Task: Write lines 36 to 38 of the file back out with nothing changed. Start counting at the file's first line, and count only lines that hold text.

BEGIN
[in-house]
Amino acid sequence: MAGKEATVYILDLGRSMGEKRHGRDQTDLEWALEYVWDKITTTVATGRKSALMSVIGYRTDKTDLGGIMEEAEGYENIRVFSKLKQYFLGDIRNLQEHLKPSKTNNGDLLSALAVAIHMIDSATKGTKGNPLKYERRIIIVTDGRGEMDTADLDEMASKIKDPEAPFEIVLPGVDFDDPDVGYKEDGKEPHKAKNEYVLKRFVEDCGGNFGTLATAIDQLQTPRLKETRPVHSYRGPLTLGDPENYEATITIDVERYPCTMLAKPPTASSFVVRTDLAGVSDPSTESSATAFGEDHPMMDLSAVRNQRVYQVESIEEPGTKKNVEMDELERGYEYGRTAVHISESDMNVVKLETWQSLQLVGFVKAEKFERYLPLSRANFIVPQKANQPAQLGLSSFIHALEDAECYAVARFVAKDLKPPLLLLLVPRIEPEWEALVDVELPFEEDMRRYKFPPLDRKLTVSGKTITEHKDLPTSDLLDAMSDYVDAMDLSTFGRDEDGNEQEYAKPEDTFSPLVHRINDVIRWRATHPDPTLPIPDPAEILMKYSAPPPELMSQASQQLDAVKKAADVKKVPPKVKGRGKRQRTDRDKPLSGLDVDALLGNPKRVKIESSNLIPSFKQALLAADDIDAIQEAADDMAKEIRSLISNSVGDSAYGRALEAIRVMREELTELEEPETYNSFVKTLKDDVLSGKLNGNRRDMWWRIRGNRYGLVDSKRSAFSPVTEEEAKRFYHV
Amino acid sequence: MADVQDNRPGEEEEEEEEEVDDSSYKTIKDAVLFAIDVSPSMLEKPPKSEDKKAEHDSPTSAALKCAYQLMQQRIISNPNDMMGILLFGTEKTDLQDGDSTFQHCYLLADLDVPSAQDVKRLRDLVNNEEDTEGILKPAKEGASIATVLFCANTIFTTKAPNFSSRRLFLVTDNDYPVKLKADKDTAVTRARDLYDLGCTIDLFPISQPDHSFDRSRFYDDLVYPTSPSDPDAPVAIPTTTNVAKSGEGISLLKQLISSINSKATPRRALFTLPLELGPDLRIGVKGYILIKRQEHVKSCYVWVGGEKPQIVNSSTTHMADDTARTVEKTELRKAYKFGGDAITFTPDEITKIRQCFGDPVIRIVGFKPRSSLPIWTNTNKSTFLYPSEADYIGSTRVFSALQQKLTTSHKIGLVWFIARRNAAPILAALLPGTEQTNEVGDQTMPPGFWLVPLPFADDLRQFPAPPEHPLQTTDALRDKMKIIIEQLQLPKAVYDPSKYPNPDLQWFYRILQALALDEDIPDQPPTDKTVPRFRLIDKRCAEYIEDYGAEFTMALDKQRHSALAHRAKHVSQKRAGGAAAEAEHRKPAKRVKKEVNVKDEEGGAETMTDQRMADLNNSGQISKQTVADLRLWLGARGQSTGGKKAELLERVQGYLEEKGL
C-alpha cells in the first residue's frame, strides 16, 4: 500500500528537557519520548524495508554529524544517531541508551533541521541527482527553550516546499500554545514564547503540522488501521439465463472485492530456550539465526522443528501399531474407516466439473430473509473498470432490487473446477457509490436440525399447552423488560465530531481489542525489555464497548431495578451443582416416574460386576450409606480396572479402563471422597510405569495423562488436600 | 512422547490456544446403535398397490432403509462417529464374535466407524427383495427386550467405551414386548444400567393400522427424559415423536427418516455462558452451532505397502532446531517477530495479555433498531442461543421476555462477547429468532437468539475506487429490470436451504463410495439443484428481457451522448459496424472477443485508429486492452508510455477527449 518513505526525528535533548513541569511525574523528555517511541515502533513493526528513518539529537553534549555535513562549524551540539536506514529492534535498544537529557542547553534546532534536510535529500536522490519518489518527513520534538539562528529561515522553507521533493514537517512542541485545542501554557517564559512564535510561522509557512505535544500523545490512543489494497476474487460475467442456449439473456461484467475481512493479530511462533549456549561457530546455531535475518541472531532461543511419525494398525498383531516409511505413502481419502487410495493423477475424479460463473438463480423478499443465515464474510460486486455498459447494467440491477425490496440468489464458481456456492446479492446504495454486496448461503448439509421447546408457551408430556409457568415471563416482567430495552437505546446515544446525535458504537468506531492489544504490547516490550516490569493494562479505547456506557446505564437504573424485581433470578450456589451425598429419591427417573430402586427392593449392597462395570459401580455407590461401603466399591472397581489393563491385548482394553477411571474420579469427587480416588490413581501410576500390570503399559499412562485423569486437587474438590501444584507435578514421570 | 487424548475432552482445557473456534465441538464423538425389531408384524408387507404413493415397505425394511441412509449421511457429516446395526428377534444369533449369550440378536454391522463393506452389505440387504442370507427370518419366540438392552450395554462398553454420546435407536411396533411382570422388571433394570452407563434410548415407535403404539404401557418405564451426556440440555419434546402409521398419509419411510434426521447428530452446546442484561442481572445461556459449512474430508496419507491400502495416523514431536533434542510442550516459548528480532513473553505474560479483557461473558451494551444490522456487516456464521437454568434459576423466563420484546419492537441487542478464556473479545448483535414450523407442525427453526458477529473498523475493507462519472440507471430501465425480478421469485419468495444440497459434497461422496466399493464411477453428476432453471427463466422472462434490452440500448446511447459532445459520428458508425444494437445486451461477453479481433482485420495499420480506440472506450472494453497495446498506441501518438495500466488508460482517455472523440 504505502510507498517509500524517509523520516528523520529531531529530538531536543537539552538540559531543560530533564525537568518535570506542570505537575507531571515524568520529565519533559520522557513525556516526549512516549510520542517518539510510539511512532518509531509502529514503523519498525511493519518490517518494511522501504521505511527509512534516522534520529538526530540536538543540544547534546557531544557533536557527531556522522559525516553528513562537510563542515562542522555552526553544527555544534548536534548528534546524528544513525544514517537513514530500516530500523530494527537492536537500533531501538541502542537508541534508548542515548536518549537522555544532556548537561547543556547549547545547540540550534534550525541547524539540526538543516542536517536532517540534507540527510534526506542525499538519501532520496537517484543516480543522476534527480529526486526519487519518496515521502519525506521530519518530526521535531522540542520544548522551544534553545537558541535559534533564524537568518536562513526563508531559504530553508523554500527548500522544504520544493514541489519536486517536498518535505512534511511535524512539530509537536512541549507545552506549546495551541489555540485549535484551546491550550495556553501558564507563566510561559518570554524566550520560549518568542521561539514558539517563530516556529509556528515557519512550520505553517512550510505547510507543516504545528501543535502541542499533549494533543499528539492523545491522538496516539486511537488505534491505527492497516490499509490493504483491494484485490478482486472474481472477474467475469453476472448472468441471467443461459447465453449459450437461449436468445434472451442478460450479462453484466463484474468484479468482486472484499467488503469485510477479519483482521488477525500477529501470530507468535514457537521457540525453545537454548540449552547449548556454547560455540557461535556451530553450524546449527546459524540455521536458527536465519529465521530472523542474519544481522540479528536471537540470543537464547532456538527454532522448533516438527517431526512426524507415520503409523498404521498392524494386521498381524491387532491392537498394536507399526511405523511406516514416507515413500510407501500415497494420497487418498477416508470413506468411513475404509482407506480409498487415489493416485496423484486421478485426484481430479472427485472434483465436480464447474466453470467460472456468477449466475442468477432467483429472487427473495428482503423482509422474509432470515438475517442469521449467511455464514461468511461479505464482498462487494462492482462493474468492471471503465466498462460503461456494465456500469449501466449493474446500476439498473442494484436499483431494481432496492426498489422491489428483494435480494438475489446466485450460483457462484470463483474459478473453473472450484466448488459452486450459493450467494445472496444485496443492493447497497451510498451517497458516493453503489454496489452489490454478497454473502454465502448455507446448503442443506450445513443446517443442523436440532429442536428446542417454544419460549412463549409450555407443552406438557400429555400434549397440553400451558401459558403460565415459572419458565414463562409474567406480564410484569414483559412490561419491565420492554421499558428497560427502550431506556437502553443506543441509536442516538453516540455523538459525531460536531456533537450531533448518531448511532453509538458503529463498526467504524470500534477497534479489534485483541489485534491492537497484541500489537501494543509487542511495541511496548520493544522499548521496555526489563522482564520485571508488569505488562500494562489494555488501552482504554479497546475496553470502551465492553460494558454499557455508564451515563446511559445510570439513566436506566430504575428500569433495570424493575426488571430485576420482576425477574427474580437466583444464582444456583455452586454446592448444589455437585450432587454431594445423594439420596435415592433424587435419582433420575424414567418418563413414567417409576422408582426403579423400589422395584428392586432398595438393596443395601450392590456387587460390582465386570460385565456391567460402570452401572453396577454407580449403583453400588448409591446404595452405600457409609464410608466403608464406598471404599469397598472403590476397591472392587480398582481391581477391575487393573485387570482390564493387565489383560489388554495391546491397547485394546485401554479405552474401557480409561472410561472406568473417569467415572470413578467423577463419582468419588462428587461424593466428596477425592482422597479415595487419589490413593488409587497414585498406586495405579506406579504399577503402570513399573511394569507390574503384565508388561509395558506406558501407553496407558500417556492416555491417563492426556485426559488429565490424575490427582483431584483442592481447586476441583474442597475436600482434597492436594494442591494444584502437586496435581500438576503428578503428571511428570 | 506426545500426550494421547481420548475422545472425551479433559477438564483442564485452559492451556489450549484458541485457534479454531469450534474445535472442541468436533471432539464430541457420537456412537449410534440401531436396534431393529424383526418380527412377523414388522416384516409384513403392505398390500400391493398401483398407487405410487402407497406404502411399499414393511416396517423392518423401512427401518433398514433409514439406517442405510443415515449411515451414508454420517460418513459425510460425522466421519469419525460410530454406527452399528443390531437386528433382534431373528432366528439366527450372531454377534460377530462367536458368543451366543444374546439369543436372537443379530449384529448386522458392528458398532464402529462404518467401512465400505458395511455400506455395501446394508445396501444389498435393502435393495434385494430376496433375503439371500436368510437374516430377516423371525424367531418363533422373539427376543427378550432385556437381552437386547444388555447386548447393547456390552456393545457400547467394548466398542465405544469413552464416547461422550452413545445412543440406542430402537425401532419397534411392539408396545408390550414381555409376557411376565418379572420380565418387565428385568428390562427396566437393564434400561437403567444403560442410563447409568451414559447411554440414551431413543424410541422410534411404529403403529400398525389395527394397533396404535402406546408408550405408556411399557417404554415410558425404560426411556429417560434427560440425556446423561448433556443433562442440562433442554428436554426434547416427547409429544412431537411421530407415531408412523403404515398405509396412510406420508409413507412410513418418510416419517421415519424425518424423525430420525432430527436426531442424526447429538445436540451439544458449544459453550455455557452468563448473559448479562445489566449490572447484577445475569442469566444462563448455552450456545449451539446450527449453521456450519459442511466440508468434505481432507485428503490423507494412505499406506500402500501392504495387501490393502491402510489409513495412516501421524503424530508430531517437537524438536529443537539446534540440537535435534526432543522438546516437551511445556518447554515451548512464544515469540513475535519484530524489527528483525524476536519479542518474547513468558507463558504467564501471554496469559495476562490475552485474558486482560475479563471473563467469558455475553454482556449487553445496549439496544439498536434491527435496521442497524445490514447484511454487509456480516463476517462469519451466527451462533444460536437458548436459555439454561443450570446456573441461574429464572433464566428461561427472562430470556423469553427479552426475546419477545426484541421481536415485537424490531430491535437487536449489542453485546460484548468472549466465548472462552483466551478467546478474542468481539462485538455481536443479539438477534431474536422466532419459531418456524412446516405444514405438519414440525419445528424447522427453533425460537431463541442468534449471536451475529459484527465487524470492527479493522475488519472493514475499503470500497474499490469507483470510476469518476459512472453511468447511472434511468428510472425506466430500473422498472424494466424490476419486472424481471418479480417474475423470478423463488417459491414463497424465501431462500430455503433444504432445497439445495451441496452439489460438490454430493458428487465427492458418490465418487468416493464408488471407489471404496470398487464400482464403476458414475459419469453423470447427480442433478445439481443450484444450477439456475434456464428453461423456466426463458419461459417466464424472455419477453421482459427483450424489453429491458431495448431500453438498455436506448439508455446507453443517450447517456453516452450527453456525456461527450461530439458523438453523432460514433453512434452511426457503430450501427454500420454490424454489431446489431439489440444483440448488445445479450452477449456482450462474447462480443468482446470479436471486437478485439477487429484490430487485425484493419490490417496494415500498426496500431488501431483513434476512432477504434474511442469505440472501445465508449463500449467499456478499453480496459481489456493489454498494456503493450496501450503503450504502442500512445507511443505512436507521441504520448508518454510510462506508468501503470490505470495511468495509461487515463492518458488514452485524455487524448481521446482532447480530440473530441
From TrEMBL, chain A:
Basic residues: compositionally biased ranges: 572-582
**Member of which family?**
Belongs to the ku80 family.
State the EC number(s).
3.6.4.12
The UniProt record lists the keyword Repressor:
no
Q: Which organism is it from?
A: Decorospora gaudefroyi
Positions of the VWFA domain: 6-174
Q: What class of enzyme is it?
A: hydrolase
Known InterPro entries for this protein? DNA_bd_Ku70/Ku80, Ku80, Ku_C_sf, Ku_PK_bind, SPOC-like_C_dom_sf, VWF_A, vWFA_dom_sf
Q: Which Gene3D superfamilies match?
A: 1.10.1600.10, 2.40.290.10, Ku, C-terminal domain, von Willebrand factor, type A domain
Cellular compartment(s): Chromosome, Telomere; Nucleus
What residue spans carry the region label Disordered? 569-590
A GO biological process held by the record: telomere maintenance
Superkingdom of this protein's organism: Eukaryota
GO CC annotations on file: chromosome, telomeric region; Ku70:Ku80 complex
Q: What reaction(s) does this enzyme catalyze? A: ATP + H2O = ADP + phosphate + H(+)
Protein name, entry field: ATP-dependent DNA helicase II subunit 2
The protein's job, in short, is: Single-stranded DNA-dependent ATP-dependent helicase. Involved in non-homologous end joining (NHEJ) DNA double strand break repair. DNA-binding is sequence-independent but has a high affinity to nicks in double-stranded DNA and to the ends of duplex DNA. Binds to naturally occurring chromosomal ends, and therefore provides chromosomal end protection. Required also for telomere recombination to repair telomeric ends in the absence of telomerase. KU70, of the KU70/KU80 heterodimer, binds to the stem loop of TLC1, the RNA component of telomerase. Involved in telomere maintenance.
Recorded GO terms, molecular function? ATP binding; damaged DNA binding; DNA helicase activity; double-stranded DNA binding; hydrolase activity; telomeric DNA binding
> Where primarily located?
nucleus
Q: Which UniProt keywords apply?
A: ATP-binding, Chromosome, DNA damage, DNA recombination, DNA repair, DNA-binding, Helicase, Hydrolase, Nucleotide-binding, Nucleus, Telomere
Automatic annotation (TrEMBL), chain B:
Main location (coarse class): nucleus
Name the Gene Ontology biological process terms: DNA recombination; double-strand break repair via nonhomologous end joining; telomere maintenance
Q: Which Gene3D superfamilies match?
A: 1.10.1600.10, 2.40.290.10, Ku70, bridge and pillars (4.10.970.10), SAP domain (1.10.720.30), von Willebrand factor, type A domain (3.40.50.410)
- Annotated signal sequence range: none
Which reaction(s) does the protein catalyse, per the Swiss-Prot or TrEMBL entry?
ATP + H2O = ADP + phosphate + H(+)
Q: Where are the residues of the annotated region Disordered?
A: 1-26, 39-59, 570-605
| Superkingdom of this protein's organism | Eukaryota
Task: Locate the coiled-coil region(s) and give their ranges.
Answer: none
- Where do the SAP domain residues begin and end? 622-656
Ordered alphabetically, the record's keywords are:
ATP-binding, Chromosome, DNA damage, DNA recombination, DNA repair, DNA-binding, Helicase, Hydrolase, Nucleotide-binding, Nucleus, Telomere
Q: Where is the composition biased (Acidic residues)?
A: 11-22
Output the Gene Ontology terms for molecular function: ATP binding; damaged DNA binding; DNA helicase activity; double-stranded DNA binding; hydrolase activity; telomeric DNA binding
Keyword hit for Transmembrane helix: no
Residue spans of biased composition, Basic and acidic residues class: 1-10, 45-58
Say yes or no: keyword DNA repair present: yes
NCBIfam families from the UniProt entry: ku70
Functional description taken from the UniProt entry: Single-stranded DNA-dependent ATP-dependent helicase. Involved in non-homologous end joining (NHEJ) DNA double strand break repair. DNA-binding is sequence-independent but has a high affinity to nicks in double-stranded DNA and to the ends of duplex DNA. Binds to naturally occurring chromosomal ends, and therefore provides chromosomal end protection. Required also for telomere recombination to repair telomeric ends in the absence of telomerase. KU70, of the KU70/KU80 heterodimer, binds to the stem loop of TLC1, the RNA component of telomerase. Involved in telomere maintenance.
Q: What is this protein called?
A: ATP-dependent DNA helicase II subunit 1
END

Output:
Name the Gene Ontology biological process terms: DNA recombination; double-strand break repair via nonhomologous end joining; telomere maintenance
Q: Which Gene3D superfamilies match?
A: 1.10.1600.10, 2.40.290.10, Ku70, bridge and pillars (4.10.970.10), SAP domain (1.10.720.30), von Willebrand factor, type A domain (3.40.50.410)